Men do not necessarily attract what they want; rather, they attract what is within them. Man is chained only by himself. Thoughts are the jailers of Fate – they imprison, being base; they are also the angels of Freedom – they liberate, being noble. Not what he wished and prays for does a man get, but what he harbors within. His wishes and prayers are only gratified and answered when they harmonize with his thoughts.

In the light of this truth, then, what is the meaning of "fighting against circumstances?" It means that a man is continually revolting against an outer effect, while all the time he is nourishing and preserving its cause in his heart. That cause may be a conscious vice or an unconscious weakness; but whatever it is, it stubbornly retards the efforts of it possessor, and thus calls aloud for remedy.

Men are anxious to improve their circumstances, but are unwilling to improve themselves; therefore, they remain bound. The man who does not shrink from effort can never fail to accomplish the object upon which his heart is set. This is as true of earthly as of heavenly things. Even the man whose sole object is to acquire wealth must be prepared to apply great effort before he can accomplish his goal; and how much more so he who would realize a strong and well-poised life?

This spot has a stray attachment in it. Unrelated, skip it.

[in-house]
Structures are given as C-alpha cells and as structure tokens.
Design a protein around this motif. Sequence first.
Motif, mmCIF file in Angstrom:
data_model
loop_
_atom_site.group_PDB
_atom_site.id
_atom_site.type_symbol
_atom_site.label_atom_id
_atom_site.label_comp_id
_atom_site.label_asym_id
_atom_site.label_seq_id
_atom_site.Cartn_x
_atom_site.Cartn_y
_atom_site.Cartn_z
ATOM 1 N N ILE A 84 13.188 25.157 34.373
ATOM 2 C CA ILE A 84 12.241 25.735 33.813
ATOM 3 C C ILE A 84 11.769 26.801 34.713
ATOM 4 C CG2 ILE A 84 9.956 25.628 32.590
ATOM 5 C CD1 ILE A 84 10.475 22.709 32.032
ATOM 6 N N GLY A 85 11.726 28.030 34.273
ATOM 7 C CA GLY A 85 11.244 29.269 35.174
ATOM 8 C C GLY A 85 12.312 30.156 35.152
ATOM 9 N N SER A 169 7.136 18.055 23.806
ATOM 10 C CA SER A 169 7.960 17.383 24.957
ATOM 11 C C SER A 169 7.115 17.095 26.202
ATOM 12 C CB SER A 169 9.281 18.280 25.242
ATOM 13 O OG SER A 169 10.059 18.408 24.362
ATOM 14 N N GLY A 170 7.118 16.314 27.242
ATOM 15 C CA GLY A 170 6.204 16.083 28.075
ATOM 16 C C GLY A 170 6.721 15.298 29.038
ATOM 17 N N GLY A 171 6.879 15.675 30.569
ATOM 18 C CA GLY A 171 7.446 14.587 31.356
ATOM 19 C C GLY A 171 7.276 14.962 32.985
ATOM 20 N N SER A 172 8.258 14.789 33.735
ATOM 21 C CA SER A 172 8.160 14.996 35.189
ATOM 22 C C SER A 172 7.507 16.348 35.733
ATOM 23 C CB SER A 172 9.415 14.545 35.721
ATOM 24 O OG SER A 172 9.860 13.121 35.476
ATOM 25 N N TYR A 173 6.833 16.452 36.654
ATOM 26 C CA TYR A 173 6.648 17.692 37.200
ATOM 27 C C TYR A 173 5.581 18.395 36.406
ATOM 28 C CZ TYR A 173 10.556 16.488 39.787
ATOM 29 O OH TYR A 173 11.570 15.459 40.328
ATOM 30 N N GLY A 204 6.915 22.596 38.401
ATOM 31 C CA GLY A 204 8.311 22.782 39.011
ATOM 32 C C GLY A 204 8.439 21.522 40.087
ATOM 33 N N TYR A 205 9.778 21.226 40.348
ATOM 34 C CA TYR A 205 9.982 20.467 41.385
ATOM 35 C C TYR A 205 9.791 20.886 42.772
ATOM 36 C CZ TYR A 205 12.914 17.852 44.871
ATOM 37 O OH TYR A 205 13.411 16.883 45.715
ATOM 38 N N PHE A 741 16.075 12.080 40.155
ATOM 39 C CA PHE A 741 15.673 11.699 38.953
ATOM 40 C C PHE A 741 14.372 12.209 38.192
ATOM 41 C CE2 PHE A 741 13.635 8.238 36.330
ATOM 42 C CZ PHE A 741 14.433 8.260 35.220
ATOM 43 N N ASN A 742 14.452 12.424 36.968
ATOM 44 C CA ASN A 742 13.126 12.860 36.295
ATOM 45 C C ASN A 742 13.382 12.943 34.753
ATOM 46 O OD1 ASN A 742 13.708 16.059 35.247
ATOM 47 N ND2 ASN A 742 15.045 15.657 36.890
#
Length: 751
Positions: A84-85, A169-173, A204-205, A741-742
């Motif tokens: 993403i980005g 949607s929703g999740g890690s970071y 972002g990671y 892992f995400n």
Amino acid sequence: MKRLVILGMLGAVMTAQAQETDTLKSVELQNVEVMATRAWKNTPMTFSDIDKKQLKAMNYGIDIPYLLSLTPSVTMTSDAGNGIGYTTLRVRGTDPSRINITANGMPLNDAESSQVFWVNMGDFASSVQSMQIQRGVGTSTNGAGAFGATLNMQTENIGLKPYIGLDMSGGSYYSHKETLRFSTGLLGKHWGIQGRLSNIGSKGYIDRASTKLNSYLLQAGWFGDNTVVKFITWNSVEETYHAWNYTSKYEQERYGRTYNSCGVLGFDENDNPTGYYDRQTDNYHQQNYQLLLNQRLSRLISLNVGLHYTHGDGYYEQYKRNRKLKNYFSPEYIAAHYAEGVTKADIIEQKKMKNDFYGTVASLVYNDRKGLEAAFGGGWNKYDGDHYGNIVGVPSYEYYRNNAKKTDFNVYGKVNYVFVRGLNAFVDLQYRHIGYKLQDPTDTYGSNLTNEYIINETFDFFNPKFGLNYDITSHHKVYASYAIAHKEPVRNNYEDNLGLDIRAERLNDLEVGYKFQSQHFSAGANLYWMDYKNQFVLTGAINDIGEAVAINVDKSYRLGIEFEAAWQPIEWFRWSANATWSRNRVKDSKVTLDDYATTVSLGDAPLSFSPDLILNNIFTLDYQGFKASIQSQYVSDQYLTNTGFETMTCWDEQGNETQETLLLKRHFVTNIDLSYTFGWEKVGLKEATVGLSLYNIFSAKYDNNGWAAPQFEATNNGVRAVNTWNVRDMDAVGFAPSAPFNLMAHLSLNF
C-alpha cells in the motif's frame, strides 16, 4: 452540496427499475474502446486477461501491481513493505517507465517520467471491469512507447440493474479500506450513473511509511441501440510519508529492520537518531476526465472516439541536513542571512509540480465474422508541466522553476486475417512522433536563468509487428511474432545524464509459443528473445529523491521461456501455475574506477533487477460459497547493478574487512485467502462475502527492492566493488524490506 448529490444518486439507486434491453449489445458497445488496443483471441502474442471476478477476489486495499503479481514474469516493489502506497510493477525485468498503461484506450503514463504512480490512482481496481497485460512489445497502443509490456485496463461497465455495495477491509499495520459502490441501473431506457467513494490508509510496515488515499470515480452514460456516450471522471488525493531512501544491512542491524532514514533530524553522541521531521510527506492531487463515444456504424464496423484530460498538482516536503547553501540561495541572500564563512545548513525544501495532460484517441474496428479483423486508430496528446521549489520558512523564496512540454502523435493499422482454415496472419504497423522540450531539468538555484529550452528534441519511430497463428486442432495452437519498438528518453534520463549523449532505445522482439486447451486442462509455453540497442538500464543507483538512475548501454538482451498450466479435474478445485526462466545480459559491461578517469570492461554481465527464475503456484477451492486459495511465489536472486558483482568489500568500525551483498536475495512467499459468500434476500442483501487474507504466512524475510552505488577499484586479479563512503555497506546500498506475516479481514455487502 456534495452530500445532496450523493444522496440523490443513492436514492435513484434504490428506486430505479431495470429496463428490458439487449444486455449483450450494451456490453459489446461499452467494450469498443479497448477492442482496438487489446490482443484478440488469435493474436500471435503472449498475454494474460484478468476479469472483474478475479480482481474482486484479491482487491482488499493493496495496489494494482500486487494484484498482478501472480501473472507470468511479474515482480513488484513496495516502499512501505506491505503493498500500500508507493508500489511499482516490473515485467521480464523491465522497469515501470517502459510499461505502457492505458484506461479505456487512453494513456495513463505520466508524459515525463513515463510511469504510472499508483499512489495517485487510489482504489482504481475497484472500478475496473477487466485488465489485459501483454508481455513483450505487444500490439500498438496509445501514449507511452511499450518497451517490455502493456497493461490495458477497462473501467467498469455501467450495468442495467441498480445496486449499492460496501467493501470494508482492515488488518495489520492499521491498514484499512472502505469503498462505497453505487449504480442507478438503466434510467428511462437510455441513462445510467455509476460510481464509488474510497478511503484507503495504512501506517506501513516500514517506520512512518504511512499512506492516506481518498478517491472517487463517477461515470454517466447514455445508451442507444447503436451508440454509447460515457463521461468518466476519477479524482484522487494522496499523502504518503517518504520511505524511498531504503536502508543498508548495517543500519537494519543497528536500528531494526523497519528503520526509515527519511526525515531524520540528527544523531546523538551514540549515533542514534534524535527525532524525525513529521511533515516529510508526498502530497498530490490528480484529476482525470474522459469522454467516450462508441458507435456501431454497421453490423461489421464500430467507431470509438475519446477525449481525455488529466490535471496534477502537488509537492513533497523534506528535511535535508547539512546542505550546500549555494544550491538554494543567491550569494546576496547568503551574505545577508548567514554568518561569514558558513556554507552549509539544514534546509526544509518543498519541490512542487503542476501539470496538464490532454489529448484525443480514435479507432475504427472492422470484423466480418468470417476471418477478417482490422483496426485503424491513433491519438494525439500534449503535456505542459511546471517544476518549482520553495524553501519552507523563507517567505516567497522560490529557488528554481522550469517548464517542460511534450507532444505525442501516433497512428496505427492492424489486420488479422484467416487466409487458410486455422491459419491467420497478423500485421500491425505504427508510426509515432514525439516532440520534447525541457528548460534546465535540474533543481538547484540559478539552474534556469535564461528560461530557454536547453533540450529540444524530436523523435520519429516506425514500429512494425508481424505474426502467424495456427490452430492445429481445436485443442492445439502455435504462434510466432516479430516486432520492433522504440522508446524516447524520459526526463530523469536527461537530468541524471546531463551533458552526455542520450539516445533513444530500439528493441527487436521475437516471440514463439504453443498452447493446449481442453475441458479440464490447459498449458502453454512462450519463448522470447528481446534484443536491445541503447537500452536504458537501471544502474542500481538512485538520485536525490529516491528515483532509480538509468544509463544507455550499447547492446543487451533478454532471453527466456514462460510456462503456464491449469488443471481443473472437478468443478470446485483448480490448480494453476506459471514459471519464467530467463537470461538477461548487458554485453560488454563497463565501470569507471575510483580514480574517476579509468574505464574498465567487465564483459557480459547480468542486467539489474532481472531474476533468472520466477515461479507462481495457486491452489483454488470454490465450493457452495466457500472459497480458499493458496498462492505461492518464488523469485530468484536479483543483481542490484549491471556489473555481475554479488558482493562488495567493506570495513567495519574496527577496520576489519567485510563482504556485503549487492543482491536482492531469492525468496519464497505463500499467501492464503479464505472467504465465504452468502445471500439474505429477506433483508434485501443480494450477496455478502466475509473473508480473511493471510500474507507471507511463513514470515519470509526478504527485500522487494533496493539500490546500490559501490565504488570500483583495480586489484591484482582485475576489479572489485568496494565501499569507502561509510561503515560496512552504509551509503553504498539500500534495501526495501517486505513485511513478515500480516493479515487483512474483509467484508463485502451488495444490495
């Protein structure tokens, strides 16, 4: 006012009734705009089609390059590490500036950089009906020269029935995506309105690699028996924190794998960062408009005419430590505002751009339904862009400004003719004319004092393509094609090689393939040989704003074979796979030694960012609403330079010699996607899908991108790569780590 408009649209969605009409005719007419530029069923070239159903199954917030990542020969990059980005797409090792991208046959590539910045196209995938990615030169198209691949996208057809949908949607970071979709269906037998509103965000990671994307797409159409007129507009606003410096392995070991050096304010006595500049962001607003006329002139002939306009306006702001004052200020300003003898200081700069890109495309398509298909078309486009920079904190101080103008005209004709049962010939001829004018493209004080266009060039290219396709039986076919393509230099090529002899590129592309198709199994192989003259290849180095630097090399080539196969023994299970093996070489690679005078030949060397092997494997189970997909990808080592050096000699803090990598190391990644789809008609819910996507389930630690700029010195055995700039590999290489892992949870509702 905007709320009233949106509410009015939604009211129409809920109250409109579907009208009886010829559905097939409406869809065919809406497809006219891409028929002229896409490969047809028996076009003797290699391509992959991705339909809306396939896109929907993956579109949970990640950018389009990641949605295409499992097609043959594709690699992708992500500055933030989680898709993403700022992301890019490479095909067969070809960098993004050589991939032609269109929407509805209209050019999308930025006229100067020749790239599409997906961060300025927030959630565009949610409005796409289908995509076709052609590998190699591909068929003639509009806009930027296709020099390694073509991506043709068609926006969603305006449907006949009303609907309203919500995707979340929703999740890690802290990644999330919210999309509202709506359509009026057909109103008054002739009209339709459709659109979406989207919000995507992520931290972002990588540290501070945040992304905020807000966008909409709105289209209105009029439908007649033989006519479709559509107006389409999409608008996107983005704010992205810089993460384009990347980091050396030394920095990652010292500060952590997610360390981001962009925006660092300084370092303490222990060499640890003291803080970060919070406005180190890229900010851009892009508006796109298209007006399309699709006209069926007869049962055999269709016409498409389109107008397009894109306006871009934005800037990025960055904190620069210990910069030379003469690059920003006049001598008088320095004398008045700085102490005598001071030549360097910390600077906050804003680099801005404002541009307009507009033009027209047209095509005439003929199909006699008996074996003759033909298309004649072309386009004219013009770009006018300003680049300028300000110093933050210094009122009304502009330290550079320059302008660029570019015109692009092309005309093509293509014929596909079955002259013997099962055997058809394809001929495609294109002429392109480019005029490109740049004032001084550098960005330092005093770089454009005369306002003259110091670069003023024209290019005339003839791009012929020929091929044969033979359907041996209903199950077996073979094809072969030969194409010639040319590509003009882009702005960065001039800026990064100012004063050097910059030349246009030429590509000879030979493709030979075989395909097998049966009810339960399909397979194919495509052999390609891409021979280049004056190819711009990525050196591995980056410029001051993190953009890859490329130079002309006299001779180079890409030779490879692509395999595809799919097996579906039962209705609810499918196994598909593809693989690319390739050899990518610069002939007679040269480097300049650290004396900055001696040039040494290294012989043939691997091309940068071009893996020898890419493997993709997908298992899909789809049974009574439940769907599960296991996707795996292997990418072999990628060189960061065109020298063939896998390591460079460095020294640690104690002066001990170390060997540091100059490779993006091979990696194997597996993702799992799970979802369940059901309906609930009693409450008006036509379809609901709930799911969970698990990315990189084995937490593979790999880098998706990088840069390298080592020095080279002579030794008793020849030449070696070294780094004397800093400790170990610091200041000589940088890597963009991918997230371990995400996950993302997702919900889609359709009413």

Here is a man who is wretchedly poor. He greatly wishes that his surroundings and home comforts should be improved, yet all the time he shirks his work, and feels justified in trying to deceive his employer on the grounds that he is "poor." Such as man does not understand the simplest principles of true prosperity, and is not only totally unprepared to rise out of his wretchedness, but is actually burrowing into a still deeper wretchedness by dwelling in and acting out deceptive and impure thoughts.